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. Last Updated: 07/27/2016

Slavjanskaya Board Fires Director, 2 Executives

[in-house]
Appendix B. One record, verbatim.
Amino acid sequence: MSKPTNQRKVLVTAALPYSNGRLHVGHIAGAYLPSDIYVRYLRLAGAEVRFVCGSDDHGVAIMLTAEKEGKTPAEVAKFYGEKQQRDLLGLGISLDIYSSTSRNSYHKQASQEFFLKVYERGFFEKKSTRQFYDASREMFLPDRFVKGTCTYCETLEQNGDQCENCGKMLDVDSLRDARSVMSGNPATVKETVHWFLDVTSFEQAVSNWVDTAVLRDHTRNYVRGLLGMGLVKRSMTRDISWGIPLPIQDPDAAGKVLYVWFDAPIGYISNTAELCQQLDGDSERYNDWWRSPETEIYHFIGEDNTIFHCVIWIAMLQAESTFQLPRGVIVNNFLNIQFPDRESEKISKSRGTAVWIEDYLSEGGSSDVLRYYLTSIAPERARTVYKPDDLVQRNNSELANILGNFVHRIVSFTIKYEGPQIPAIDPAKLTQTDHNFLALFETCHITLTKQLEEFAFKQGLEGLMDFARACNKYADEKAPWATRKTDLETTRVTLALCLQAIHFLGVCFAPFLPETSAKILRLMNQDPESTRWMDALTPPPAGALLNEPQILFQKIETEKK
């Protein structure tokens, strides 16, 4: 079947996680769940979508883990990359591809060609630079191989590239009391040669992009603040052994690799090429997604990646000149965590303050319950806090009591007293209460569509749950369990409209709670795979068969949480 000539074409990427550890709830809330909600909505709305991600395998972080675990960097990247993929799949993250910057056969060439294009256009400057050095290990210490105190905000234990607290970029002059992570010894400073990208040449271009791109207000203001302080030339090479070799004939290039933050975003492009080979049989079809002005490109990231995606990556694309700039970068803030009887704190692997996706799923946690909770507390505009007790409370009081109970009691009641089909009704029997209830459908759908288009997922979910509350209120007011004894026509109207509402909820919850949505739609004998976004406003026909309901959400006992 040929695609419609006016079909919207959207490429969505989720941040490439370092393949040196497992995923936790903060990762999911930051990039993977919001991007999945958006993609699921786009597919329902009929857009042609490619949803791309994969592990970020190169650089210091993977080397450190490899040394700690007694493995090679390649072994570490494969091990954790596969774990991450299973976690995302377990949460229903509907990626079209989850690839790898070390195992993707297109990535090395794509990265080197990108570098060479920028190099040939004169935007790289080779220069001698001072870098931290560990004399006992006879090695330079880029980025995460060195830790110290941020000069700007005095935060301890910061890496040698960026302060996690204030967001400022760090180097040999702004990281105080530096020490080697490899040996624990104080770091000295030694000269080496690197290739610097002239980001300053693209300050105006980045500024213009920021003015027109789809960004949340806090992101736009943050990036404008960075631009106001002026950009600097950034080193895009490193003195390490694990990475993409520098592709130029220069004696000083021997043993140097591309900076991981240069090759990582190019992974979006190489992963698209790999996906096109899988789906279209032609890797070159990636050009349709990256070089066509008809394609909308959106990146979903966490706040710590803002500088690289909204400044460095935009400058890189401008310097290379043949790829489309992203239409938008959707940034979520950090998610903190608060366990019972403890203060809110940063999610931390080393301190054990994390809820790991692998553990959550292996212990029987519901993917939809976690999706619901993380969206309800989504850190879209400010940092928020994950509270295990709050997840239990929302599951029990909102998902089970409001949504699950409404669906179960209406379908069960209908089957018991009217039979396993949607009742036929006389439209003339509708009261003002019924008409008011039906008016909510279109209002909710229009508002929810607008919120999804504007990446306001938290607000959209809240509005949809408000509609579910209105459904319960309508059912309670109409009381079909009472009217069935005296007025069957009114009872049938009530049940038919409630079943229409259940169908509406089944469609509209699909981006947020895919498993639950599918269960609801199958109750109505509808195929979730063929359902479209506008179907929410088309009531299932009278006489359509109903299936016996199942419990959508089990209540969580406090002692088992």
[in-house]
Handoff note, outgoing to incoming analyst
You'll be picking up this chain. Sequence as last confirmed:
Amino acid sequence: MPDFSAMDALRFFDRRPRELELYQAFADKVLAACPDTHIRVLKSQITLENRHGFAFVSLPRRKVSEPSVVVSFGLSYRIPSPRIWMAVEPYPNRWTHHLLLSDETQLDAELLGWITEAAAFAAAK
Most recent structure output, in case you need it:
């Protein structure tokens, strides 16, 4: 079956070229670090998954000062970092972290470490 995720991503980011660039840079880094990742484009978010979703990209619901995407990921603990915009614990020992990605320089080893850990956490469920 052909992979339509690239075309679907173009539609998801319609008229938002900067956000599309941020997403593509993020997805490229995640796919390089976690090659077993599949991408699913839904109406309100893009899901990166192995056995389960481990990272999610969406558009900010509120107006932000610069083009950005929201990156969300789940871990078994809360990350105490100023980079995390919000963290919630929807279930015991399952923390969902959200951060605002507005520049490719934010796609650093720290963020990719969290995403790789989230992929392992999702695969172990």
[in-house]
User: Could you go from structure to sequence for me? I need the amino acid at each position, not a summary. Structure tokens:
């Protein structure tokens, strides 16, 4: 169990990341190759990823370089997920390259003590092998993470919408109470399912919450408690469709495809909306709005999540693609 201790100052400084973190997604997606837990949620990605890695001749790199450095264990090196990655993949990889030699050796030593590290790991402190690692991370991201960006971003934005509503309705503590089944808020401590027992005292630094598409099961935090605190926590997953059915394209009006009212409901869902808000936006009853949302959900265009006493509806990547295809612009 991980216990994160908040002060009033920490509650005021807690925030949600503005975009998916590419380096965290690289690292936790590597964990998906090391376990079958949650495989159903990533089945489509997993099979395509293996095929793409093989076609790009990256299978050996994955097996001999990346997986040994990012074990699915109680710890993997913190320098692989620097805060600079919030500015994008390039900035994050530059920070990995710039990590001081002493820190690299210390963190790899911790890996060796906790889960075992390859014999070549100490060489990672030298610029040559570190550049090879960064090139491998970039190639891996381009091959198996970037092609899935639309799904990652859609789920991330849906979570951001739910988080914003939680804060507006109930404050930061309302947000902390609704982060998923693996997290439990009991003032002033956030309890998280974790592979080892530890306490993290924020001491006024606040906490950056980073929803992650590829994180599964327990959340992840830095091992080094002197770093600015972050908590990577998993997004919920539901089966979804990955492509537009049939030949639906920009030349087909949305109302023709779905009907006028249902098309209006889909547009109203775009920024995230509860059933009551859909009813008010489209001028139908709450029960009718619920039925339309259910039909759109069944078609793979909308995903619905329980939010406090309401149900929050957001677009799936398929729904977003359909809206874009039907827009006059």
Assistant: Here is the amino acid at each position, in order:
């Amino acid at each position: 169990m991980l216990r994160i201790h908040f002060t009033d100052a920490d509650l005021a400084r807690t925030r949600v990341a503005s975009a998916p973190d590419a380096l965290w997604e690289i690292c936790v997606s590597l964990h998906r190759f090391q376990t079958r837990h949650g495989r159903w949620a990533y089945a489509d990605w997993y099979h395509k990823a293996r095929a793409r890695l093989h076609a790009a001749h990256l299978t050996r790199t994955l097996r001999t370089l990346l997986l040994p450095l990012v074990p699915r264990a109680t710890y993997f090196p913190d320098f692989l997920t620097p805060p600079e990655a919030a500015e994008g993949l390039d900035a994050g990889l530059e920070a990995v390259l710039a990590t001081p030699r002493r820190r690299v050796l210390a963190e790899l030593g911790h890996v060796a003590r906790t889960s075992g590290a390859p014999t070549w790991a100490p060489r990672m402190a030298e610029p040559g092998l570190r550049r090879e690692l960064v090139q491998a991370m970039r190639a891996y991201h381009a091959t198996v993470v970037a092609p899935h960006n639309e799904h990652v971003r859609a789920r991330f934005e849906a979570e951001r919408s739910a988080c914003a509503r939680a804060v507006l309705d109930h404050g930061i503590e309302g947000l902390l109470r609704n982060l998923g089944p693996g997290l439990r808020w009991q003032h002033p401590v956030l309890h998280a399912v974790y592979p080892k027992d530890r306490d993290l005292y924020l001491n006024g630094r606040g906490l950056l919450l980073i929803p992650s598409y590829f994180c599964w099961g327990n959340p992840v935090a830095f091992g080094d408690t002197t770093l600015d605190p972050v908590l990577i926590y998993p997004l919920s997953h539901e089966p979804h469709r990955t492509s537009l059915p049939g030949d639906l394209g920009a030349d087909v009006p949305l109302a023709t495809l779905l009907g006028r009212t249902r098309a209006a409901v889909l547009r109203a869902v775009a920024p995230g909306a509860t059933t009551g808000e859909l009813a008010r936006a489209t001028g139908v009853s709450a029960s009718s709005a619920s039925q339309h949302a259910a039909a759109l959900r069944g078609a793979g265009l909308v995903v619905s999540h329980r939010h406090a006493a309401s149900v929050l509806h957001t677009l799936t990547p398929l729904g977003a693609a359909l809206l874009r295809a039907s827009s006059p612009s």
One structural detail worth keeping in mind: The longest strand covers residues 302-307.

The board of directors of the embattled joint venture operating the Radisson Slavjanskaya Hotel and the Americom Business Centers on Wednesday dismissed three top executives, including the general director, Vladimir Draitser, the directors announced. The purges were part of a major restructuring in the operation intended to end weeks of bitter feuding between its two American partners, Radisson and Americom, said Uve Christianson, named to replace Draitser. However, lawsuits pending in the United States and in Moscow still threaten to unravel the partnership which also involves a Russian partner, MoscomImushestvo, which represents the Moscow city government. The crisis peaked earlier this month when Draitser barred Paul Tatum, Americom's president and a member of the board, from the hotel complex where Tatum lived and worked. Tatum moved back in last week after the board agreed in principle to dismiss Draitser, Tatum said. Christianson said his primary goal will be to stabilize the operation following the turmoil that at one point led to both Draitser and Tatum posting personal armed guards around the hotel. In March, Americom, which leases out lucrative business sites at the four-star hotel, filed suit against the Radisson Hotel Corp., the Minneapolis, Minnesota-based company that operates the hotel, alleging that Radisson had increased its share in the partnership beyond the original agreement through capital investment. Radisson responded with a counter suit in April to dissolve the partnership. Referring to the management changes, Tatum said, "I think it is a very positive step forward, although it does not resolve the basis of the disputes back in the United States between Radisson and Americom." Draitser, saying he planned to return to the United States, declined to discuss specifics of his dispute with Tatum. Draitser, Irina Yakusheva, the chief accountant and acting director of finance, and Viktor Tourkin, the deputy general director of the venture, were all asked to resign, according to Sean Wood, spokesman for the joint venture. Three other managers were fired as part of the restructuring, Christianson said. They are the deputy directors of the hotel and the business centers, and the deputy director of construction. All three positions were eliminated, chiefly because the board decided that its initial plan to train those individuals to take over executive roles of expatriates "just didn't work very well," Christianson said. A third lawsuit is in the offing in the Russian courts. Tatum had prepared to sue for personal damages against Draitser, but said Wednesday he believed the two would agree out of court to a "mutual indemnification" which would release both sides from any future litigation. "What we cannot do is release him from criminal liabilities," Tatum said, referring to Draitser locking Tatum out of office and residence and posting armed guards outside the building to prevent his entry.